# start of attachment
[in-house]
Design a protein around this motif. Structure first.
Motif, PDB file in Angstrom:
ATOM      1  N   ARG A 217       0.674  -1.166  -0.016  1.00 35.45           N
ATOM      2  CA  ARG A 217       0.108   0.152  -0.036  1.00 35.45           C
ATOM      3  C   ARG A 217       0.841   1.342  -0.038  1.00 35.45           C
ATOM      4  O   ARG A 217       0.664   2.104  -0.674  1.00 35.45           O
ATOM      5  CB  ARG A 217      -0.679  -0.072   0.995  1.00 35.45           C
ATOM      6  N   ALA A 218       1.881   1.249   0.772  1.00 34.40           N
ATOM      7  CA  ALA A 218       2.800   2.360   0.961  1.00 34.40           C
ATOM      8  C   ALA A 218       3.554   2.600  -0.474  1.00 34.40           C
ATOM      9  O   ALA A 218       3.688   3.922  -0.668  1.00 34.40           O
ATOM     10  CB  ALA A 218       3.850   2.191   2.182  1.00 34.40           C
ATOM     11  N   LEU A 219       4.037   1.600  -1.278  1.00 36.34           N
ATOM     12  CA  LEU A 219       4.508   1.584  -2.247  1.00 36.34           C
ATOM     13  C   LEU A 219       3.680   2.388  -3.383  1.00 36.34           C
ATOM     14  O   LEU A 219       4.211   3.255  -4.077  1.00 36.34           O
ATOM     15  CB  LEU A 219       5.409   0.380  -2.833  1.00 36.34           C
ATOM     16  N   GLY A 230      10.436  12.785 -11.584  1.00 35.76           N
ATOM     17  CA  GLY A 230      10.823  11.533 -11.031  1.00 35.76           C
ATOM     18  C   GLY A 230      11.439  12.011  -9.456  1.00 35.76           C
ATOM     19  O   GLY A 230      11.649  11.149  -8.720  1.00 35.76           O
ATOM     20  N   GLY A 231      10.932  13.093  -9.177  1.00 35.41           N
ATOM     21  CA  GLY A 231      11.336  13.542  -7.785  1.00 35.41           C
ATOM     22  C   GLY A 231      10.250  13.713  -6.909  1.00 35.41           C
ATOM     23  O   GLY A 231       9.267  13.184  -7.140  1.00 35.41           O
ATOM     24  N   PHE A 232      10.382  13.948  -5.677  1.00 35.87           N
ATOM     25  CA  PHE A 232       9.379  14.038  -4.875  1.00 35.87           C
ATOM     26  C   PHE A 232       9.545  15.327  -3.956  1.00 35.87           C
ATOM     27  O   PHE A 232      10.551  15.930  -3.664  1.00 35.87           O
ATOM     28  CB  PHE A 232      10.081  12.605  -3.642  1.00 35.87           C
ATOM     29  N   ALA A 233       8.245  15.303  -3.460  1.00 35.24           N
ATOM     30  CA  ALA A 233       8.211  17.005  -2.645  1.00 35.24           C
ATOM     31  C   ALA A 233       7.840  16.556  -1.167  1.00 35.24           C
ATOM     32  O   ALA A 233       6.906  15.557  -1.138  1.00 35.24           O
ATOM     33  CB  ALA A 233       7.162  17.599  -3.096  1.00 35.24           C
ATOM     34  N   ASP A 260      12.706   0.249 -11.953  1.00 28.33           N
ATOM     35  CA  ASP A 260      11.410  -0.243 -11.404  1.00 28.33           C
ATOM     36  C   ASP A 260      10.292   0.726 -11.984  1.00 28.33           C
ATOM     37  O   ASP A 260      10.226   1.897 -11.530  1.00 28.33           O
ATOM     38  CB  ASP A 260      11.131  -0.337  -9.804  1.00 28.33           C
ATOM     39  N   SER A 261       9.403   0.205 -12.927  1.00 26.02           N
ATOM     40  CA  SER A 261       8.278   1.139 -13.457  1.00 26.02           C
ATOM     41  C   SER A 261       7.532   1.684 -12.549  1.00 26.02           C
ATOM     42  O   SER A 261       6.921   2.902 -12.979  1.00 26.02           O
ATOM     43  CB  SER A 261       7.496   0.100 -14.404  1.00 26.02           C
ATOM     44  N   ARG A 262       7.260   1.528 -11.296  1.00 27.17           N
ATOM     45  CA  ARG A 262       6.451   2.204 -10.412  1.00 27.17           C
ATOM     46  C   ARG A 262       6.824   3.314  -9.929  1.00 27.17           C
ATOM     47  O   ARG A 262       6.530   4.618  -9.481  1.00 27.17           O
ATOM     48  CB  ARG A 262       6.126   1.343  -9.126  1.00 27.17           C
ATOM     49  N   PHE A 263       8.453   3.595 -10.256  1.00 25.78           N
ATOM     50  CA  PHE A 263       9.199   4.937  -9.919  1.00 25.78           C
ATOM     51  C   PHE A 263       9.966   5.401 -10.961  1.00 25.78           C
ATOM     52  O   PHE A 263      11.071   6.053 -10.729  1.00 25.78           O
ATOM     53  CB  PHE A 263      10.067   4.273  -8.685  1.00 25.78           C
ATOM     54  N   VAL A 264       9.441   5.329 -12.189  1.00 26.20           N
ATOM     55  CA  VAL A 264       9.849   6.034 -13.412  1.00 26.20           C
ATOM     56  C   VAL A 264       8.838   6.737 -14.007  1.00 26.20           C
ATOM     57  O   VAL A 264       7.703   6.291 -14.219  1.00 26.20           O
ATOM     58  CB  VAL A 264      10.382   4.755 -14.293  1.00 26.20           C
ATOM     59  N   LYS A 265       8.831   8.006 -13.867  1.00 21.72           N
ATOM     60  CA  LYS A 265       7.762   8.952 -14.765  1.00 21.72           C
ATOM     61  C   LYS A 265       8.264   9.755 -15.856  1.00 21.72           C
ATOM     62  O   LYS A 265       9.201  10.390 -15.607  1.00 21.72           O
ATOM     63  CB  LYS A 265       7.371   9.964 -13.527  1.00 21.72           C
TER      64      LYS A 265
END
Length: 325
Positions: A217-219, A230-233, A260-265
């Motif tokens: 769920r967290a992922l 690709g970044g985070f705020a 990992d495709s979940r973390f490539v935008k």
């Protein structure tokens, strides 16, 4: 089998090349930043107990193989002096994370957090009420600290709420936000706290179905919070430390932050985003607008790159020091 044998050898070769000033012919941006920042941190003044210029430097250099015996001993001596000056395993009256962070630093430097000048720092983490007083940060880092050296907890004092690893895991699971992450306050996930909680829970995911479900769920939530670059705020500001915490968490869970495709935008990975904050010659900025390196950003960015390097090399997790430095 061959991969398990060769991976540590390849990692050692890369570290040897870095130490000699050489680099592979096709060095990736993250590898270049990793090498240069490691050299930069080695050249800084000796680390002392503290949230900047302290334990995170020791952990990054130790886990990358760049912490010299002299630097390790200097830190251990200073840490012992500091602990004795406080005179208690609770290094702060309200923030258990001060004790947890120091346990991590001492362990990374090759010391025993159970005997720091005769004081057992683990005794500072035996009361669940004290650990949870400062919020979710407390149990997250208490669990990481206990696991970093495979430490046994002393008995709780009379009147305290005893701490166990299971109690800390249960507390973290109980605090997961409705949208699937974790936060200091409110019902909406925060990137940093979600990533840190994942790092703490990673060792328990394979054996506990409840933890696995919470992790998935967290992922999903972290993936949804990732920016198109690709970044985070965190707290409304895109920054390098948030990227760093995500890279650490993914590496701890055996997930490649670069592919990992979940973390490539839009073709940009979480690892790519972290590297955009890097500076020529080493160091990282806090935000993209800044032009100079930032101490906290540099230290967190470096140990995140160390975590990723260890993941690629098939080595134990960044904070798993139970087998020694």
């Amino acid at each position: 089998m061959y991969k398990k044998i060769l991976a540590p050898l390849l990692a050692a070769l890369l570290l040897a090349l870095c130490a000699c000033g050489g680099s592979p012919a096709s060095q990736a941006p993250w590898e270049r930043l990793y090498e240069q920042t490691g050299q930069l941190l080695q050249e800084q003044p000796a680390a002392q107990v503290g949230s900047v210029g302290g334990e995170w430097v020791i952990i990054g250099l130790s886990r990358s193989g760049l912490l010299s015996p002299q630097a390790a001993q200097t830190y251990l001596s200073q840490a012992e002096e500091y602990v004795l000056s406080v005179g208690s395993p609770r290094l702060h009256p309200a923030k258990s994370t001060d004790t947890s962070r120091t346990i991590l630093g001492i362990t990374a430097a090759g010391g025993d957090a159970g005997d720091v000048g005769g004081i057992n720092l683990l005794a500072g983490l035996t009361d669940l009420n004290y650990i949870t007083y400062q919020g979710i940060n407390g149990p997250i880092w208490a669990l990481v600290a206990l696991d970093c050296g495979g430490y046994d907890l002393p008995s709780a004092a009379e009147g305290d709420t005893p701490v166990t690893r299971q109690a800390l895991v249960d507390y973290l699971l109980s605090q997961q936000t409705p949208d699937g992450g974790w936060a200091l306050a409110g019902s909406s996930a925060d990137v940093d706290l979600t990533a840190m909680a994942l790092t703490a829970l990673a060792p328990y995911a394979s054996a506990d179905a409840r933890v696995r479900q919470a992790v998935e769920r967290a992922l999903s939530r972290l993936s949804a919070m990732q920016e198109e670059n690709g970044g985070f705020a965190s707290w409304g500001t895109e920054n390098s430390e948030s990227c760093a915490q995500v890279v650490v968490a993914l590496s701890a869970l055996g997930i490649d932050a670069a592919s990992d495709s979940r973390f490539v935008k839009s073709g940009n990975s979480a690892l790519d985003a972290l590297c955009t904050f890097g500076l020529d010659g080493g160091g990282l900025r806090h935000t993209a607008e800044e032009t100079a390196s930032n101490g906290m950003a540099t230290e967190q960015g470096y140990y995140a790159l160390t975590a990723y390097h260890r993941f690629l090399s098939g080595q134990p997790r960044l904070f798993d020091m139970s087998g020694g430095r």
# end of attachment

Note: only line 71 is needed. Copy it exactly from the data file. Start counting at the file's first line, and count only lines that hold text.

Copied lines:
């Motif tokens: 769920r967290a992922l 690709g970044g985070f705020a 990992d495709s979940r973390f490539v935008k």